“That notwithstanding the rights and obligations of affected property owners to represent their own concerns, the Municipality will reflect citizen feedback, specifically including any concerns related to conflict of use that could affect public safety and negative environmental impact,” explains a report from CAO Kevin Williams to council in early May.
Outside of the working group, Chief Bressette and Mayor Weber have both met with the OPP to advise of this decision. Accordingly, the OPP will be responding to policing needs on the beach in the same manner as past years.
In May the working group agreed upon a shared control sign to indicate restricted motorized vehicle uses on Centre Ipperwash Beach. The group installed a “bollard style” fence to mark the edge of the road allowances and provide a physical restriction to motorized vehicles. The bollards will remain open in between to encourage easy pedestrian access. The steel guardrails that previously acted as a more formidable barrier to access will not be installed. A larger gap between posts has been established to provide access for emergency vehicles. The intention is to close this gap with a draped rope for easy access if needed. None of these actions has an impact on the public’s use of the Ipperwash or Army Camp Road allowances for waterfront access.
The beach management agreement between the First Nation and the West Ipperwash Property Owners Association will be renewed for 2015. The agreement permits controlled vehicle access to that particular section of beach with a fee/permit structure in place. This agreement also has no impact on the West Ipperwash municipal road allowance which remains open for public access. In effect, all beach uses in 2015 will remain unchanged from 2014.
“The Ministry of Natural Resources has been instrumental in sharing information with the working group. They have advised that despite the fact that both the province and the Centre Ipperwash property owners have deeds indicating ownership “to the water’s edge”, there is a “Crown Reservation” across the beach portion of each property. The original Canada Company patent established this reservation to ensure beach access remained open to all members of the public, ” said Williams explaining the Centre Ipperwash Community Association has for many years had a “Welcome, and rules” sign at each road allowance inviting the public to use the beach portion of their property, and advising of restrictions and use at an individual’s own risk.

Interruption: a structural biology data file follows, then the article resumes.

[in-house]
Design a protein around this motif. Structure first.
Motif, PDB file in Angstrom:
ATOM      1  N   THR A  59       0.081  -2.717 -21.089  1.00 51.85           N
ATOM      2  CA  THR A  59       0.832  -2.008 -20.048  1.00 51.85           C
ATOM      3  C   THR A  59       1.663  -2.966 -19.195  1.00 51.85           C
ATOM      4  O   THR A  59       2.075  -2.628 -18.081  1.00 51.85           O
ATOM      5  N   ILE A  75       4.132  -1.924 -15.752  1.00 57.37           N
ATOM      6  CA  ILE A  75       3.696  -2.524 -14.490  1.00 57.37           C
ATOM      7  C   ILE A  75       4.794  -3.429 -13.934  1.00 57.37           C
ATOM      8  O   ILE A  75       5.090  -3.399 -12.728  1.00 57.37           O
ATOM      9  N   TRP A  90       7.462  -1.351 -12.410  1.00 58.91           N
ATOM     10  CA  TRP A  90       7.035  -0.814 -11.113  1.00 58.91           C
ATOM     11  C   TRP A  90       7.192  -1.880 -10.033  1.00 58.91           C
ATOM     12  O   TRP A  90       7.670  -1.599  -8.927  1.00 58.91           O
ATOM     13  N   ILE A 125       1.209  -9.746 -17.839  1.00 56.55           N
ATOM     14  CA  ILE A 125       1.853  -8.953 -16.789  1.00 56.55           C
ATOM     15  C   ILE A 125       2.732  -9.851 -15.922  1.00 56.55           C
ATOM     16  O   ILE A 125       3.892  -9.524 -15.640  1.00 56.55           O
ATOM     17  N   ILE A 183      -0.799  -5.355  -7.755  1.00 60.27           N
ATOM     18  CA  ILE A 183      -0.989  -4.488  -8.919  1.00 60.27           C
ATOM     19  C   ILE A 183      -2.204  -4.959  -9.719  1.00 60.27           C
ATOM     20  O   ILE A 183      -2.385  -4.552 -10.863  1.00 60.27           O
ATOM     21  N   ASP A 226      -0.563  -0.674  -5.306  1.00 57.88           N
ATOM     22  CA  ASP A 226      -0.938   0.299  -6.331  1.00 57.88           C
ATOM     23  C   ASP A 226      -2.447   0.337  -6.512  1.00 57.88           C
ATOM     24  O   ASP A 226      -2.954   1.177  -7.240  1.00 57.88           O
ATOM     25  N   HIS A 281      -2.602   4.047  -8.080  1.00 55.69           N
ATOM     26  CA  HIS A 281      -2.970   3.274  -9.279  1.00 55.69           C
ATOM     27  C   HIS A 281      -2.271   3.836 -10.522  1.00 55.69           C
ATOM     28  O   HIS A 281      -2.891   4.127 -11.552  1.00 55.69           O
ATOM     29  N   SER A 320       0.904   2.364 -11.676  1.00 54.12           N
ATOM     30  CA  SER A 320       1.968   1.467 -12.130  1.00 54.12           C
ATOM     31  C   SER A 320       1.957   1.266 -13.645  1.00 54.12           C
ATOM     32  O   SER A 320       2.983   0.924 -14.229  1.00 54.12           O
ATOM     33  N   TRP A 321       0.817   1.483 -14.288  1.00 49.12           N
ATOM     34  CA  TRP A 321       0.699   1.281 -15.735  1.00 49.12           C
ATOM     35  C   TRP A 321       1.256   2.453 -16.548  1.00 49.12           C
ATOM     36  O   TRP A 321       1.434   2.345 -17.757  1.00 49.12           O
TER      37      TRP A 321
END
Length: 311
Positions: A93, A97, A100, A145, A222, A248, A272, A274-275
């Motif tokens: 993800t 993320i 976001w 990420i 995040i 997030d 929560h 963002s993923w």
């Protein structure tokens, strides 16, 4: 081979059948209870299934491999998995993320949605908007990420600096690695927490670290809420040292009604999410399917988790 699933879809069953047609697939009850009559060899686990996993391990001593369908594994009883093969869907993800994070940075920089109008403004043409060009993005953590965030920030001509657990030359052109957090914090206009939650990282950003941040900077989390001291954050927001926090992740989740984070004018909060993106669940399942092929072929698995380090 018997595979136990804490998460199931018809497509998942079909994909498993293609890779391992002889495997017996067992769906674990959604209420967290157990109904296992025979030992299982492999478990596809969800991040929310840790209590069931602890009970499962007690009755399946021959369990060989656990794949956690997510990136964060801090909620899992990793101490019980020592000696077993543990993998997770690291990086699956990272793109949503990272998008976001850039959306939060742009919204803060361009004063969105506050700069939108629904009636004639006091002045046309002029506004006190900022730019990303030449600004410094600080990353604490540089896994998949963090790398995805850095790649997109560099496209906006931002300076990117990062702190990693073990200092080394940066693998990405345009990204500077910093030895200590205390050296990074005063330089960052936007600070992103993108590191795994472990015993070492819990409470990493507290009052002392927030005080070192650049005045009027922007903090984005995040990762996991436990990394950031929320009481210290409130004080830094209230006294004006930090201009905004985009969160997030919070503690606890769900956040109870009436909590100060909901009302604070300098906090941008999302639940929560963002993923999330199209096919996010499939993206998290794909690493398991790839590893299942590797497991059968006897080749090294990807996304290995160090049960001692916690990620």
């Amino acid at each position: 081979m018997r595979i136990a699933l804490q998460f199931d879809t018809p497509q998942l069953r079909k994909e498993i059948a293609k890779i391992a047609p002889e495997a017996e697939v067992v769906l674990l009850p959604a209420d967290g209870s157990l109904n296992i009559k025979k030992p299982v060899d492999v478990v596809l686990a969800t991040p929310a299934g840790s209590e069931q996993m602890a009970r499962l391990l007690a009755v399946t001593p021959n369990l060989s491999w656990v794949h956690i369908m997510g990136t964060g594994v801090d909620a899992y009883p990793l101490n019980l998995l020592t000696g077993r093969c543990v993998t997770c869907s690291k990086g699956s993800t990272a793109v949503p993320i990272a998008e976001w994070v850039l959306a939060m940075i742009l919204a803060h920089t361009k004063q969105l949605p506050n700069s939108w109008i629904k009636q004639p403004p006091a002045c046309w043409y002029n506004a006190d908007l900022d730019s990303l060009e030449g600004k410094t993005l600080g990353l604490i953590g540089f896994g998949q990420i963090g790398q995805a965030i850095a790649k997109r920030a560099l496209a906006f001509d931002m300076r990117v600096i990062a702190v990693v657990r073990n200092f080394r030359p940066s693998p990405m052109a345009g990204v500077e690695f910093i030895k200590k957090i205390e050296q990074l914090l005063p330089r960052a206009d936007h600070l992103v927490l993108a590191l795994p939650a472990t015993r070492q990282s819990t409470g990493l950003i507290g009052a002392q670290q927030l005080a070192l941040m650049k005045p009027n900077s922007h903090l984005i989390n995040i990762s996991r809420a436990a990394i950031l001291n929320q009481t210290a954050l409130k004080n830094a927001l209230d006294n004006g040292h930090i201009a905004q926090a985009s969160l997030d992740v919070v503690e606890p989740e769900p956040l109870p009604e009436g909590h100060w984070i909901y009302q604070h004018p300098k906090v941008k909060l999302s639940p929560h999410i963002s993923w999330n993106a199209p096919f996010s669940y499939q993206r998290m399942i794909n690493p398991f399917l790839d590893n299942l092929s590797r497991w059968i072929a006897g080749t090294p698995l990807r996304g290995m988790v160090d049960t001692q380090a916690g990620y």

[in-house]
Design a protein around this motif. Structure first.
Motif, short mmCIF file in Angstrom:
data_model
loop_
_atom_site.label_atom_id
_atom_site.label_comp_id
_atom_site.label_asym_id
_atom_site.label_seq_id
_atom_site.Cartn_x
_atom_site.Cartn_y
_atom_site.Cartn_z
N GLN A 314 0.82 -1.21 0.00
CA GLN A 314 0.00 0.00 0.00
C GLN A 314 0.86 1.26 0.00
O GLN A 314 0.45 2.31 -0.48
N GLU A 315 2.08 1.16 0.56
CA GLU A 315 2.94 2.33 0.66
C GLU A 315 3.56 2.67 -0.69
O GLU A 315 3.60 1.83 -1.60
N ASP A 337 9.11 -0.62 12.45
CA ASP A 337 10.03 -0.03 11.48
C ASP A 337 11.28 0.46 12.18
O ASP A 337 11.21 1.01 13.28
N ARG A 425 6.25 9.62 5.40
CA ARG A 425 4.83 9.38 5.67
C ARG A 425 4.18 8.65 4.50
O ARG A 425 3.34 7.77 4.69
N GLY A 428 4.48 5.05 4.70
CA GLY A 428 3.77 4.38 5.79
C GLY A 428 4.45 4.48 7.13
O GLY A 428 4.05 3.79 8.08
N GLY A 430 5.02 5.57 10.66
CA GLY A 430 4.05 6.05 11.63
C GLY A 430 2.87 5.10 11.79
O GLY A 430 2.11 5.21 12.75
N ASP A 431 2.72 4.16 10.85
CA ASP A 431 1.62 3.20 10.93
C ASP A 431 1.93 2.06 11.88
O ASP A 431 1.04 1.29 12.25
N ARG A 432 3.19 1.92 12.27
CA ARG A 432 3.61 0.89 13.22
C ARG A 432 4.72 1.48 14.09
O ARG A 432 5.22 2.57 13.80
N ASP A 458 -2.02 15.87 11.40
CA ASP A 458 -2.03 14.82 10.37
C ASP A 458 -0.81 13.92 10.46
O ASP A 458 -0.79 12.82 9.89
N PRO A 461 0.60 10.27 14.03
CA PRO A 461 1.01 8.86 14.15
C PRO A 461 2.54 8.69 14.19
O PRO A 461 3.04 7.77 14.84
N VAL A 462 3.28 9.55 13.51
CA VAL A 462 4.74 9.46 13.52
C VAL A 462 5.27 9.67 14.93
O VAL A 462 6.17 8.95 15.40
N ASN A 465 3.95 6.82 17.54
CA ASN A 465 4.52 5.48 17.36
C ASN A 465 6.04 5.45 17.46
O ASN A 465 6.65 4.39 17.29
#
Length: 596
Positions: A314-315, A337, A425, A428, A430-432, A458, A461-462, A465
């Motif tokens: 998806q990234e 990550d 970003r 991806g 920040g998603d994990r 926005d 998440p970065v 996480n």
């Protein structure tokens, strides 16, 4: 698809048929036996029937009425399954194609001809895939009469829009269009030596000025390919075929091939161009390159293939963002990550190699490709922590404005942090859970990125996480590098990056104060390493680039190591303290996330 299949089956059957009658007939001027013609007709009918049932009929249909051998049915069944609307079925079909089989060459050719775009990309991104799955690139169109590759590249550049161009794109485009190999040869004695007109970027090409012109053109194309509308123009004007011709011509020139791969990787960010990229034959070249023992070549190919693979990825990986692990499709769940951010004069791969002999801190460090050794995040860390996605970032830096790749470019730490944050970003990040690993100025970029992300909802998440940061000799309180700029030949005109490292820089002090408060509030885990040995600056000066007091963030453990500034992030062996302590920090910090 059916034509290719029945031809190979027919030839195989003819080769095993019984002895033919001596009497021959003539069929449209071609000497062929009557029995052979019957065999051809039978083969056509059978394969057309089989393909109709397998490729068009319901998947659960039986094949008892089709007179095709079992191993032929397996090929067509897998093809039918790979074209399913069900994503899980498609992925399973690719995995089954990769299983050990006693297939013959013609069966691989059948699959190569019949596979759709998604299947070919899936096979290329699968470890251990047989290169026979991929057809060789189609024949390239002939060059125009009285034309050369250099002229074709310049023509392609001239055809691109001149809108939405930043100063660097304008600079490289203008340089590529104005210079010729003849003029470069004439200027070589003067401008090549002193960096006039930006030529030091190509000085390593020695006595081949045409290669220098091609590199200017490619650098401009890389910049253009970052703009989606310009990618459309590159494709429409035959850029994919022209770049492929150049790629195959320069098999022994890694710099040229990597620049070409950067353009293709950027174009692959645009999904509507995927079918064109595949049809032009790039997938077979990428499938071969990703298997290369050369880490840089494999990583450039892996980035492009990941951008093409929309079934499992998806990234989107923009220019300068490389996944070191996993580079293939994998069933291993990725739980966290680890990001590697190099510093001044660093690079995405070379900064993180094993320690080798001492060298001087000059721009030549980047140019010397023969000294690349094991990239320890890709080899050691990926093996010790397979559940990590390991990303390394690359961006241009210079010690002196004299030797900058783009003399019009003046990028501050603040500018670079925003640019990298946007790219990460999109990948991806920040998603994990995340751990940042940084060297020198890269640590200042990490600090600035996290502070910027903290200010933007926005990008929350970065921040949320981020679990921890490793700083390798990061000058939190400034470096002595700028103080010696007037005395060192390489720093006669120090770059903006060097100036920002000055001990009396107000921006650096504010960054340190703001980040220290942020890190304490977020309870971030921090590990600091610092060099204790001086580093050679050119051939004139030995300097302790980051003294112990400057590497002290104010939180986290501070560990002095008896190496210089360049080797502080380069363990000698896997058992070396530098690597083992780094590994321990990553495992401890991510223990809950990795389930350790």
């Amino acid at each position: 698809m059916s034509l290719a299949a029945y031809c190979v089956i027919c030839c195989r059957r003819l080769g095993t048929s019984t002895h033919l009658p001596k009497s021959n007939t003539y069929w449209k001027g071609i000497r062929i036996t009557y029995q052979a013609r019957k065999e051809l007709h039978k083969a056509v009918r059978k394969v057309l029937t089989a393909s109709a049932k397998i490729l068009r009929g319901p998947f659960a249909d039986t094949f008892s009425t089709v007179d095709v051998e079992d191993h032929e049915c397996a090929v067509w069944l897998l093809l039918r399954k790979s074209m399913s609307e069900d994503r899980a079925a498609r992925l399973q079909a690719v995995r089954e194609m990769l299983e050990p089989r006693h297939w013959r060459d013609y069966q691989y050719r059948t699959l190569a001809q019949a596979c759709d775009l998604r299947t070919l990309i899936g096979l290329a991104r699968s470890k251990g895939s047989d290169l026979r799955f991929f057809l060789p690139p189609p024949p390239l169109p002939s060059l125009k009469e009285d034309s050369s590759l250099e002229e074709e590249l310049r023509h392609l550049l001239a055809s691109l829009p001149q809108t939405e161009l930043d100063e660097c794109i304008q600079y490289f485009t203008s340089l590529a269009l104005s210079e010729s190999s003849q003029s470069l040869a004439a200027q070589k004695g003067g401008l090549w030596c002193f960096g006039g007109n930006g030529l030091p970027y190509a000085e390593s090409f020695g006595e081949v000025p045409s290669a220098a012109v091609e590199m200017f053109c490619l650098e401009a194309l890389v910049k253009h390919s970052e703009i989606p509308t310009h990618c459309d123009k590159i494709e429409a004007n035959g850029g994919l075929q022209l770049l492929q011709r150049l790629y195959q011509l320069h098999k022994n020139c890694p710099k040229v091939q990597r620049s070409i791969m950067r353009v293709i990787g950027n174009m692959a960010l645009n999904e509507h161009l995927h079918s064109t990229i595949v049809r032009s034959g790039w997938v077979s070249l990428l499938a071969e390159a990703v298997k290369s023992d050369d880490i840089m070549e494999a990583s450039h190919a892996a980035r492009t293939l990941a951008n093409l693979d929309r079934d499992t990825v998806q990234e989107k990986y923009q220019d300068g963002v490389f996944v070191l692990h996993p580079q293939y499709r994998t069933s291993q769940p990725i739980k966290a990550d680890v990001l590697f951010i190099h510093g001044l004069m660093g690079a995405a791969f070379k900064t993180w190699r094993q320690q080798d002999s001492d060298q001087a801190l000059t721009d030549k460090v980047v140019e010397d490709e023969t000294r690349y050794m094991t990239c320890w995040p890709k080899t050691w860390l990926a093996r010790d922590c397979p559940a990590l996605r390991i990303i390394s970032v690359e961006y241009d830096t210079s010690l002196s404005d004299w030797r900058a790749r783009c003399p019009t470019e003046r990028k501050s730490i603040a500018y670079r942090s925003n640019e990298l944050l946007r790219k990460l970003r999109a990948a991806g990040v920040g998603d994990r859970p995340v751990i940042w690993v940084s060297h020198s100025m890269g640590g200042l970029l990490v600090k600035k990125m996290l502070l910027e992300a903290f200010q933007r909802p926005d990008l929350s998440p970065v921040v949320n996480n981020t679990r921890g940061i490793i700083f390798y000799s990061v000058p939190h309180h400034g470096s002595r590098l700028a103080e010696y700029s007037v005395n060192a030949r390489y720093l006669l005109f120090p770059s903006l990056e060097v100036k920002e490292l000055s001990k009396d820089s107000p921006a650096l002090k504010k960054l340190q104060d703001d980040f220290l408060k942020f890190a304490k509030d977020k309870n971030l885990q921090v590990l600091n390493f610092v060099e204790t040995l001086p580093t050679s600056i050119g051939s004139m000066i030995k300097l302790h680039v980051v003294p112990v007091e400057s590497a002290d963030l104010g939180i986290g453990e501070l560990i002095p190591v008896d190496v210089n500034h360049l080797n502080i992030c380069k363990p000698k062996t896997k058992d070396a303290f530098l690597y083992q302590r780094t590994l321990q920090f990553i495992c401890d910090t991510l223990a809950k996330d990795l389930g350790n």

The Working Group process, which was scheduled to end in May, will come to a close on June 9, with a final meeting. “While it was a difficult process, it brought all parties together to share perspectives and history on the beach. Ultimately the working group was able to settle on shared values that include public safety, environmental protection, historic uses, and protection of property” and this will form a basis for future discussions,” said Weber adding, “I appreciate the on-going dialogue that has brought us this far and I am proud of what the table has been able to accomplish in terms of this arrangement. The posts and signs to restrict vehicle use were installed prior to the May long weekend and have been well received”.
KSPFN and the Municipality of Lambton Shores will continue to work together on many shared community interests, especially in the areas of infrastructure and economic development.
Weber and Bressette are both candid in recognizing that reaching a long term agreement on uses affecting Ipperwash Beach will not be quick or easy, both say they have committed to an ongoing dialogue on issues and opportunities of importance to both their communities.